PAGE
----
Escape Before It's Too Late!

'Oldboy' has a fantastic first half before completely falling apart

The latest thing in American movies is to remake Asian films with American stars so that they can be enjoyed by white people. And the latest film to get picked up for caucasianization is Oldboy, which will be redone in a more ofay fashion next year as a Universal Pictures release. However, if you want to see it in a less-occidental form, you can check it out this week when it opens in full Korean glory at the Loft.

It's not hard to see why this is being picked up by American studios, since it concerns America's favorite topic: revenge. The story follows Oh Daesu (or Dae-su Oh if you want to be all Eastern about it) as he is kidnapped and locked in a reasonably comfortable hotel room. His only contact with the outside world is a small slot in the door through which his meals are passed, and the paltry 266 channels of cable that he is allowed on his Premium Gold package.

For 15 years, he sits in his cell, going slightly mad, training himself to be a superfighter, and chipping away at the outside wall with a chopstick. Just as he is about to remove the final brick that will give him access to the world of freedom, he is drugged, dressed in fine clothes and left on a rooftop. Then, of course, he must try to figure who kidnapped him and why, and, in the process, he has to physically harm fellow human beings through the use of violence.

The first hour of this film is pretty great. Sadly, this is a two-hour long film, which means it's roughly one hour too long. The problems really start to mount in the second half, where it becomes clear that the clever setup is not matched by a clever resolution. Basically, given the premise of the mysteriously imprisoned man, pretty much anybody could have produced a better reason for his imprisonment than the one given. In fact, you might want to go to the first half of the movie, then just sit in the theater parking lot with your eyes closed and try to imagine how you'd like it to end.

It's hard to describe what's wrong with the resolution, since this is where the mystery is revealed, and it would be wrong of me to mention that Rosebud is his sled, there's one in the escape pod with her, his wife's head is in the box, he really is the Russian spy, he was dressing up like his mother and killing people, they were saying "he'd kill us if he had the chance," he and Tyler are the same person, he goes to her wedding and takes her away and then they look uncomfortable, he lives one perfect day and then time goes back to normal, it climbs up the Empire State Building and then falls to its death, and it was just a dream. Nonetheless, I can say that there is nothing in the first half that sets up the second half, and in mysteries like this, it's considered a courtesy to the audience to give some hint about what's happening.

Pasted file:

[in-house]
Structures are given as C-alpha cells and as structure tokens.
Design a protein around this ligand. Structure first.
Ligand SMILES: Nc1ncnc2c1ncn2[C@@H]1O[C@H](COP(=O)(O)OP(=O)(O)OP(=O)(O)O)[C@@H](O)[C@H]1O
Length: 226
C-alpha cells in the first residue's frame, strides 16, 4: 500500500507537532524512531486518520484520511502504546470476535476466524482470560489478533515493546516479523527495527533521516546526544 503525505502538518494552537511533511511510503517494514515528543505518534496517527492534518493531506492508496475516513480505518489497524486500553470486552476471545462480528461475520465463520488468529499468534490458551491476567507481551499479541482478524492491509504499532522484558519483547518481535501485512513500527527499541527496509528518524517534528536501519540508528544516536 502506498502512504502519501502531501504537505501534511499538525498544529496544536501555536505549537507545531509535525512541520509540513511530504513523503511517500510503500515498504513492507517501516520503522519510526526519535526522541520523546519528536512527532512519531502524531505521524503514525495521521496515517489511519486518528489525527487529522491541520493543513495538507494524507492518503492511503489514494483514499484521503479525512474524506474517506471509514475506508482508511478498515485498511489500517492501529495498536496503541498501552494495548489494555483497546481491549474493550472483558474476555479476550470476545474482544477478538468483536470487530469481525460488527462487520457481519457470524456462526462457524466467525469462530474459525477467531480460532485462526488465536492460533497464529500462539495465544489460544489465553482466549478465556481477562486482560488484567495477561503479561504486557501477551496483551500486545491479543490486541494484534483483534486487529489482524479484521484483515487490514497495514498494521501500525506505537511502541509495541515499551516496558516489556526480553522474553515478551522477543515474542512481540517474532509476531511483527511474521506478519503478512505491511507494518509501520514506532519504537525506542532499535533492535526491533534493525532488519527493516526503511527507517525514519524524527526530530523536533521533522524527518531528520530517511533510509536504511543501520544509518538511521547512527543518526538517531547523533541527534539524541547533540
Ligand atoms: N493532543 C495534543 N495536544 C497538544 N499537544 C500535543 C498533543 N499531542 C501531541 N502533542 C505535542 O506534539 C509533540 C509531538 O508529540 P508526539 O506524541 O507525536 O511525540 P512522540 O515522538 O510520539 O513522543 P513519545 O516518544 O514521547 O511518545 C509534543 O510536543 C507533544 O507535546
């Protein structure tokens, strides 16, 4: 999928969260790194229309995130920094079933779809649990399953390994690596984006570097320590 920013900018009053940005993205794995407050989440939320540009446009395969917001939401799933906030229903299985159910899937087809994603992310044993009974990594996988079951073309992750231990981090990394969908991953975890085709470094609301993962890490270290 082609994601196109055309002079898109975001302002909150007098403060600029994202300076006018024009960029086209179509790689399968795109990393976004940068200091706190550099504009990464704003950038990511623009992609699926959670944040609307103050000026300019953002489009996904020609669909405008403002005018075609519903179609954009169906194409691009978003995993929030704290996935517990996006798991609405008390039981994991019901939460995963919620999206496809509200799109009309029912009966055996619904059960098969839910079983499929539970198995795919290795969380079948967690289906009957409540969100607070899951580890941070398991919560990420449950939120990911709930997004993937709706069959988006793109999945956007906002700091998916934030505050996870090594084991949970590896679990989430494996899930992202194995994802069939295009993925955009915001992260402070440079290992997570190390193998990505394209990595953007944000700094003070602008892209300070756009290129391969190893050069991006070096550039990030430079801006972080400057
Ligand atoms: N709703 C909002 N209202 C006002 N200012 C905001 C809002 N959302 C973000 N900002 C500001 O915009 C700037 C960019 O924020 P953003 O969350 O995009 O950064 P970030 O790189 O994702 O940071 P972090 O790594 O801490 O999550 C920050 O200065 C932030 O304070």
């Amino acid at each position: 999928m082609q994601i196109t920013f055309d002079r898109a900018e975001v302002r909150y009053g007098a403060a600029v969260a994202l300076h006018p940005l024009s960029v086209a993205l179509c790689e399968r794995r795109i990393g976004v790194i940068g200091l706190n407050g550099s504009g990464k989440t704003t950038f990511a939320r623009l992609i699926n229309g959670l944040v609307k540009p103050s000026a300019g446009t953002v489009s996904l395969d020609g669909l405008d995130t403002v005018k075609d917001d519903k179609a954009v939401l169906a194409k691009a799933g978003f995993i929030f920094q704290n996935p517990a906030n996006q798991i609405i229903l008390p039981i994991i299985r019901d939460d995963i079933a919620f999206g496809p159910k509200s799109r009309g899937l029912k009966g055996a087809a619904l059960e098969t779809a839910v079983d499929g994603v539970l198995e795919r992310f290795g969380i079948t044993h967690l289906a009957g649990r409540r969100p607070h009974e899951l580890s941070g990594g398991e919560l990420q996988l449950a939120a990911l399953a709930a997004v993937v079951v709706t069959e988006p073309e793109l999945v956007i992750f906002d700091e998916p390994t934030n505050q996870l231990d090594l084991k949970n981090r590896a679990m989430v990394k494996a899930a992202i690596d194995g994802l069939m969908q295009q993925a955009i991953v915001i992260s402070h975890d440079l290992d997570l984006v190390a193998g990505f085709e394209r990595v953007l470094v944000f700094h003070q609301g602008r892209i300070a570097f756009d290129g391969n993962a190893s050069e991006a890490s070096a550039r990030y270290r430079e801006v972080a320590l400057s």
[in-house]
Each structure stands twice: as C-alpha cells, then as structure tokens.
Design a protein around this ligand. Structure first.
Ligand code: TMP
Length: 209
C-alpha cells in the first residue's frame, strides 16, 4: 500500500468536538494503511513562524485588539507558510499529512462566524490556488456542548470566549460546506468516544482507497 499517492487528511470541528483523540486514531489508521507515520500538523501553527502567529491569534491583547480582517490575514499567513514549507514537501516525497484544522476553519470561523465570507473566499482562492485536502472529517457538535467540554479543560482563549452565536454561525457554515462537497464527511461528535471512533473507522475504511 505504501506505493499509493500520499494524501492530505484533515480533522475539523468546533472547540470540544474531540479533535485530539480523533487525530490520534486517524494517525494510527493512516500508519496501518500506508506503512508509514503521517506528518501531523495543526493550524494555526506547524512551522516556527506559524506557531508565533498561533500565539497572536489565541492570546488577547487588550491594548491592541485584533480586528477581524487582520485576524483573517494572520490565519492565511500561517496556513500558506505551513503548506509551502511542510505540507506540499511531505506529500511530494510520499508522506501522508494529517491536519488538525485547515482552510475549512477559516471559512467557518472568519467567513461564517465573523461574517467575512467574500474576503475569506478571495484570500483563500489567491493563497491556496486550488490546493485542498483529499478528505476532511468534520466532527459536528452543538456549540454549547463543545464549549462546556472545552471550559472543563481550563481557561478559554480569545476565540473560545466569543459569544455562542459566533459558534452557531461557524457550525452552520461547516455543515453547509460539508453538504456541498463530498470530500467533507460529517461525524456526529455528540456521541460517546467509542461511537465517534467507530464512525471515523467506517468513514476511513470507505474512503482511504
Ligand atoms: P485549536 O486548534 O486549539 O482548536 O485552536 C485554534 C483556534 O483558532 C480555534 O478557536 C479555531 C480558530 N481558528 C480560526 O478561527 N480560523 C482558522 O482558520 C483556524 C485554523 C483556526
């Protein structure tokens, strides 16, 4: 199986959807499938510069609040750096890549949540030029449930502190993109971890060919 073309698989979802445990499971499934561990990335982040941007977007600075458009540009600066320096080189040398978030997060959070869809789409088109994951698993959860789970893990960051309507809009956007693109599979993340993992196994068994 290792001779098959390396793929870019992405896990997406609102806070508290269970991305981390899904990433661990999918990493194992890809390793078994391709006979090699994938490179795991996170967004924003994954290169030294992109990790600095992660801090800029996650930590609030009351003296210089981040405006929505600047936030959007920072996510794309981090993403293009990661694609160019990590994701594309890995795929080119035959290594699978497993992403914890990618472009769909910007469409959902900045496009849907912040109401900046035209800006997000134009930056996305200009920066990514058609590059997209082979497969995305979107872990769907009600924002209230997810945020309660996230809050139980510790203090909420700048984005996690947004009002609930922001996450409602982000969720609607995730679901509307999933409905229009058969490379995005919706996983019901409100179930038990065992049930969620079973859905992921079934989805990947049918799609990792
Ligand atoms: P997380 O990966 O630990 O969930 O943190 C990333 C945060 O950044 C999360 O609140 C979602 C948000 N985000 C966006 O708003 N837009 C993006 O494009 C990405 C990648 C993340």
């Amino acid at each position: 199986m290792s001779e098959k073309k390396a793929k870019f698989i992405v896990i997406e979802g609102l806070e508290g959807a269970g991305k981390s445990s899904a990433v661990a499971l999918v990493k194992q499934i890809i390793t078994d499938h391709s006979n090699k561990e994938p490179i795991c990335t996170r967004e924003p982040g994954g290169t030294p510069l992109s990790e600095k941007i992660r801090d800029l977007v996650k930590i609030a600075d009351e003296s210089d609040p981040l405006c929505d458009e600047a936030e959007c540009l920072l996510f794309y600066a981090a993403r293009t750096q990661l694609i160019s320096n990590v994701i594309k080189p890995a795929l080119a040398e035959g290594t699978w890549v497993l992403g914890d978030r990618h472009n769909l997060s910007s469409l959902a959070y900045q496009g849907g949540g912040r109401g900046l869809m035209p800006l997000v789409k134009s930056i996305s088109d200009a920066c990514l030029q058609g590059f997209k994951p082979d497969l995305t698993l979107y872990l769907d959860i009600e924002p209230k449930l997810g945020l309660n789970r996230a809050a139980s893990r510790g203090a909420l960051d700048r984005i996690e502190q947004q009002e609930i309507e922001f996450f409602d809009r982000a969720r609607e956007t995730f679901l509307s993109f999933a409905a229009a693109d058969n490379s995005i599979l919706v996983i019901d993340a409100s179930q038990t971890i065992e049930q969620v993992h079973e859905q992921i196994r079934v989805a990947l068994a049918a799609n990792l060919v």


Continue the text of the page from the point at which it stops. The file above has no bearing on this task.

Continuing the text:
Instead, it comes across as random and out-of-the-blue. That could be OK, but it also isn't a very satisfying answer. It may be that this plot point relies too much on cultural constructs that are specific to Korean culture, or at least not terribly cognate with American culture.

Still, there are some great moments in this film. The hotel room where Oh Daesu is imprisoned is perfectly ordinary and yet incredibly trippy. The whole idea of being locked in a mid-priced hotel room, with private bath and cable, could be a gigantic metaphor for modern living. It doesn't really play out that way in the end, but it's at least suggested in the beginning.

And the initial build-up of the mystery is handled expertly. In fact, it's kind of a shock when the film starts to falter, because it completely loses the impetus it had and turns rapidly from a fast-paced thriller to a brutally slow slog-through psychological history. Director Chan-wook Park (probably best known for Sympathy for Mr. Vengeance and the intriguingly titled Sympathy for Lady Vengeance) clearly has basic directorial chops, and his visual sensibility is dead-on, but with Oldboy, he wasn't able to finish what he started.

To his credit, he manages to produce imagery that's both intriguing in its own right, and at the same time never fails to be informative. A lot of modern directors switch between the two, alternating the pretty shots with the ones that advance the story, but the old-school masters liked the economy of placing plot foremost, and adding flash only when it could be worked in to the larger goal of storytelling.

It's too bad Park couldn't have maintained this economical sensibility when it came to the narrative elements of the film. I imagine when they remake it for American audiences, the solution to the mystery will be quite different, so it might be fun to see this and then the American version for the purpose of writing that eighth-grade "compare and contrast" paper you've been putting off for the last 20 years. Otherwise, though, I'd recommend giving it a pass.

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